Tragic Heatwave Fatality in Death Valley National Park: The Unforgiving Realities of Extreme Temperatures

The National Park Service (NPS) announced in a statement that a 71-year-old man had passed away at a trailhead in Death Valley National Park on Tuesday afternoon, when temperatures had reached 121°F.

The NPS reports that the man, later identified as Steve Curry by the Inyo County Coroner, died after collapsing outside of the Golden Canyon restroom.

He had on a sun hat, a rucksack, and hiking gear. His vehicle was waiting for him in the lot.

According to a statement released by NPS, witnesses to the man’s collapse called 911 at 3:40 p.m. Within minutes, park rangers arrived at the site, began CPR, and attempted to use an AED, but ultimately were unsuccessful. Due of the extreme heat, a helicopter could not be dispatched.

The park rangers are investigating, but they believe the high temperature was a contributing role in the fatality. Nearby Furnace Creek registered a temperature of 121 degrees Fahrenheit at the time of the man’s death. The NPS speculated that the temperatures inside Golden Canyon were substantially greater than those outside because the canyon walls reflected the sun’s heat.

The Los Angeles Times spoke with Curry at Zabriskie Point, approximately two miles from his home in Golden Canyon, just hours before he passed away. He was also captured on camera shielding himself from the sun with a metal explanatory sign.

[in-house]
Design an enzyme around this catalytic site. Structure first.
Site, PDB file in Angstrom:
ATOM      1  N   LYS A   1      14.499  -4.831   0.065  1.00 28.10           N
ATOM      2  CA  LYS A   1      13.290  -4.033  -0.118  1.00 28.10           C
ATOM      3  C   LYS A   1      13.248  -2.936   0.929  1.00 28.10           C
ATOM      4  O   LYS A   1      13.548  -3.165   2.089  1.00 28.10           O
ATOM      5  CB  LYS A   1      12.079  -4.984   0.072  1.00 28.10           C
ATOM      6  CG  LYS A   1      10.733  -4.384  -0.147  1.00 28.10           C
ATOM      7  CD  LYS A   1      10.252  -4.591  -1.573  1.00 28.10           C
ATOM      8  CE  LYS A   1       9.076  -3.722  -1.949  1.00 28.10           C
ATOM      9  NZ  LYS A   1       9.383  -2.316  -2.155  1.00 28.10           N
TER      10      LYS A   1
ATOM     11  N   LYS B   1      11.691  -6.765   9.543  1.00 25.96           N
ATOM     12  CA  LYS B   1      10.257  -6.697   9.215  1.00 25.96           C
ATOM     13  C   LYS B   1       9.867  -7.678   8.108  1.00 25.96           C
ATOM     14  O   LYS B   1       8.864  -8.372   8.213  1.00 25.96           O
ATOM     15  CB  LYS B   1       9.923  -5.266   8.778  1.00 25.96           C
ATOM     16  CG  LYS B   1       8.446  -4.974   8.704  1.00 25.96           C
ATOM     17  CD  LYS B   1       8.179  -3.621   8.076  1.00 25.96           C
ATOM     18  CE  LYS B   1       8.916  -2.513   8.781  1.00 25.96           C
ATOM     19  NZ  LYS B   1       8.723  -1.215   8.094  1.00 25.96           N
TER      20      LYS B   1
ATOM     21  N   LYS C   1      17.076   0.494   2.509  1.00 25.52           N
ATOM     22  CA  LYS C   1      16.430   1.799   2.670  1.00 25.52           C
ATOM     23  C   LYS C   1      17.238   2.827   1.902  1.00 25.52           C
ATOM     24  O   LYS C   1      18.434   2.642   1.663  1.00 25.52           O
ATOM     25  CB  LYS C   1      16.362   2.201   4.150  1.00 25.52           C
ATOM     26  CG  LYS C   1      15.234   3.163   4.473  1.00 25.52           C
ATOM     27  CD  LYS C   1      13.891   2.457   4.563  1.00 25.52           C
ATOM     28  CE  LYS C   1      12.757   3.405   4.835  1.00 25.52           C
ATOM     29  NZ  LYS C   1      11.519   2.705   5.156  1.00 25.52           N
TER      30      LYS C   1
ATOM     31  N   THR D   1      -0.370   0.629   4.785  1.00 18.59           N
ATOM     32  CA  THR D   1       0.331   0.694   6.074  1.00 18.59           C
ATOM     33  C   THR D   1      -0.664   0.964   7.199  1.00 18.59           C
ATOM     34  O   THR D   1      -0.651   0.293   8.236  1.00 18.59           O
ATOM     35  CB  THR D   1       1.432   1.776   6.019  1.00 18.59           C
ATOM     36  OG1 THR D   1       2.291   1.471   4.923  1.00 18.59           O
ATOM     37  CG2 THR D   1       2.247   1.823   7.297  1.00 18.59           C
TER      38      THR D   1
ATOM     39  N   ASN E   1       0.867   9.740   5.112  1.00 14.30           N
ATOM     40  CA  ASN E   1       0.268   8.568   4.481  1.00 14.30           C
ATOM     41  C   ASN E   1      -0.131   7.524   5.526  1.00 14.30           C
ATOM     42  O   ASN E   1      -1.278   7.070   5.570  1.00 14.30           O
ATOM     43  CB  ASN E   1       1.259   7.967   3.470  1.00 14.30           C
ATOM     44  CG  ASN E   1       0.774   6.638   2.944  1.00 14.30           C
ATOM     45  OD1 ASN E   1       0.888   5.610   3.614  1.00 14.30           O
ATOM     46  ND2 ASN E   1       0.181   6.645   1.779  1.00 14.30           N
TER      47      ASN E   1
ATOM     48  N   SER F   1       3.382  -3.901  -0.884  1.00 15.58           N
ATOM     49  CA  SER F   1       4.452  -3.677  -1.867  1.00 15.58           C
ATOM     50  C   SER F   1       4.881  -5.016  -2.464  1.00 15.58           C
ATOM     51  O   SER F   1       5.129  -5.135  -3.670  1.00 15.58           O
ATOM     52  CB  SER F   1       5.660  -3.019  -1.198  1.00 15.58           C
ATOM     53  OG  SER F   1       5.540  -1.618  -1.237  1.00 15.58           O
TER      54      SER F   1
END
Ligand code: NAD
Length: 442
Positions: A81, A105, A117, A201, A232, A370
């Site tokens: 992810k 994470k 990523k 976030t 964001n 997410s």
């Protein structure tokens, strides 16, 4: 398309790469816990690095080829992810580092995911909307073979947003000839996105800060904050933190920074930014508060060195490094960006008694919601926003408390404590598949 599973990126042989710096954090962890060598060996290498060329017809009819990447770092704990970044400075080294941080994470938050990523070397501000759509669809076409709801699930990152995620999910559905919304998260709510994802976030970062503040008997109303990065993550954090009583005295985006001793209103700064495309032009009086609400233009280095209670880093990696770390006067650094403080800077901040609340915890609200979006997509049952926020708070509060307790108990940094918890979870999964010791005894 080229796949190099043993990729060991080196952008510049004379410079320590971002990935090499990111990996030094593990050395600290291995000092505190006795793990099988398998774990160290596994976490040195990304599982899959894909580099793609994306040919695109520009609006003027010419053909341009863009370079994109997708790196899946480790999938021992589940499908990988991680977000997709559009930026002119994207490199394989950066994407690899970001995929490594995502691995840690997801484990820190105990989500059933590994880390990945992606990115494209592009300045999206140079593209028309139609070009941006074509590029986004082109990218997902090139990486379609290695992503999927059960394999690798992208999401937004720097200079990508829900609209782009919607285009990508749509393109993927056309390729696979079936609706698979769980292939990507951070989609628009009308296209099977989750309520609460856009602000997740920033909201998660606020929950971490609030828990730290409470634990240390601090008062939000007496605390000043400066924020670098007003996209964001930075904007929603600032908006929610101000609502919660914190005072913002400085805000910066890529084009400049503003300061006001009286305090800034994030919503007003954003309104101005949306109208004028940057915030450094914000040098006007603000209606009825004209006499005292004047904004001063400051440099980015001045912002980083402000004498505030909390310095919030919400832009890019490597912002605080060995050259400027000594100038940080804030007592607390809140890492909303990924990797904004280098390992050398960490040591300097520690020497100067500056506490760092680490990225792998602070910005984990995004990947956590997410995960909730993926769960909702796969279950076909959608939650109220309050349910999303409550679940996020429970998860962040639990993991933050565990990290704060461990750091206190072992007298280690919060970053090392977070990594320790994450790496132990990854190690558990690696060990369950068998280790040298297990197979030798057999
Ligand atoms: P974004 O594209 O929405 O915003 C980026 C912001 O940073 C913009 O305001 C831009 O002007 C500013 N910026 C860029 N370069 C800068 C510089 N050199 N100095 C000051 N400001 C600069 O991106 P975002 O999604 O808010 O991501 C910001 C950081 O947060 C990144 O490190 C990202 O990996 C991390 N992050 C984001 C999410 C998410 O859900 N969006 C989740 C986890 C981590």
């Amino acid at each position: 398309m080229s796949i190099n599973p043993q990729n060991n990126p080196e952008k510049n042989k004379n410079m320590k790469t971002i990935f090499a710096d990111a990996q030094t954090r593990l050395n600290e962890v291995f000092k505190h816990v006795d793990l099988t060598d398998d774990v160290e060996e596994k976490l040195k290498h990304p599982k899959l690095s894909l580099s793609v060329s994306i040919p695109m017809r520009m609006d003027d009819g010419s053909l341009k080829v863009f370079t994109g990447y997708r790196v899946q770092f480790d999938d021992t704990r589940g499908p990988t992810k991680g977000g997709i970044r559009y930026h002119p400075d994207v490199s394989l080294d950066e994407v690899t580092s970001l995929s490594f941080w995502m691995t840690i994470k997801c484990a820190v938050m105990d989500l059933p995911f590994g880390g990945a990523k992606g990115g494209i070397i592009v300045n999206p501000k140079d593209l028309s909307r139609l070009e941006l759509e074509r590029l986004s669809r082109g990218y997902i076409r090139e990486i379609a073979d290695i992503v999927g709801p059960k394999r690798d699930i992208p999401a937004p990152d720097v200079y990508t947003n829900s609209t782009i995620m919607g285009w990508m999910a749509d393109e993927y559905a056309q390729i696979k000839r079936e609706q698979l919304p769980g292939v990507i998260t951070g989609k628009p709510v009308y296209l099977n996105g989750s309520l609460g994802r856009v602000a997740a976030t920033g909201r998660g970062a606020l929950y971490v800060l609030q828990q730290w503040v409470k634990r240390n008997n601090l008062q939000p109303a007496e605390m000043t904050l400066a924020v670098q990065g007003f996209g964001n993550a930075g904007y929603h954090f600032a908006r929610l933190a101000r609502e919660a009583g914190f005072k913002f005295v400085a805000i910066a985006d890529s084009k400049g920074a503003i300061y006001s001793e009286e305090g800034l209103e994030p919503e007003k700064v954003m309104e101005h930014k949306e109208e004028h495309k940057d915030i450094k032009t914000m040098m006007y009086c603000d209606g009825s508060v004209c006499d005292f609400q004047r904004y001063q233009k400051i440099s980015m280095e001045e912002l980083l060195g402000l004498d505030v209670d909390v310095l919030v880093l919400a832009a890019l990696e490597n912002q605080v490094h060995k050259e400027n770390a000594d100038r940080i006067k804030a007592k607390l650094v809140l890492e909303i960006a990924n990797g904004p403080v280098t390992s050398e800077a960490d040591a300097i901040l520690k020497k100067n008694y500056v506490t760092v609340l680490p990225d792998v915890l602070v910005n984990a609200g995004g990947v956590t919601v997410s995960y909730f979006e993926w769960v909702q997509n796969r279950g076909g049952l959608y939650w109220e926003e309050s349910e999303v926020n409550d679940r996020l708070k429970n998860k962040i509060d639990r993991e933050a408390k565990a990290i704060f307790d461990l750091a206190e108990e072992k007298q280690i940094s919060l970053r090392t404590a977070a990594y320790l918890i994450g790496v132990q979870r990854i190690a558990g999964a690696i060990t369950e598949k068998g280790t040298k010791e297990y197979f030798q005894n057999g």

Heat Advisory in Death Valley

Authorities have warned tourists planning a summer trip to Death Valley to stick to short, air-conditioned car rides and cooler mountain hikes. Hiking at low altitudes after 10:00 a.m. has also been discouraged. According to the NPS, this may be the second death attributed to the extreme heat in Death Valley this summer. On July 3, a 65-year-old man passed away.

The National Weather Service reports that Death Valley has had temperatures of 110 degrees or higher on 28 separate days this year. Wet bulb temperatures of 95 degrees Fahrenheit or more for at least six hours are typically considered the threshold for human survival, though this number varies depending on the conditions, as UCLA climate expert Chad Thackeray told USA Today.

In order to quantify the effects of both high heat and high humidity, a metric known as the “wet bulb temperature” is employed. When a person’s internal temperature climbs above 104 degrees, they risk suffering from heat stroke. Heat stroke symptoms include:

  • A throbbing headache
  • Dizziness and light-headedness
  • Lack of sweating despite the heat
  • Red, hot, dry skin
  • Muscle weakness or cramps
  • Nausea and vomiting
  • Rapid heartbeat (either strong or weak)
  • Rapid, shallow breathing
  • Behavioral changes such as confusion, disorientation or staggering
  • Seizures
  • Unconsciousness

The government has issued a warning to everyone to stay hydrated and stay indoors if possible. They recommend that anyone experiencing heat-related sickness seek medical attention promptly and move to a cool area.

The National Weather Service predicted that from Wednesday through the weekend, more than 80 million people, or roughly a quarter of the population, would experience air temperatures or the heat index exceeding 105 degrees. This affected more than 100 million people across 15 states.

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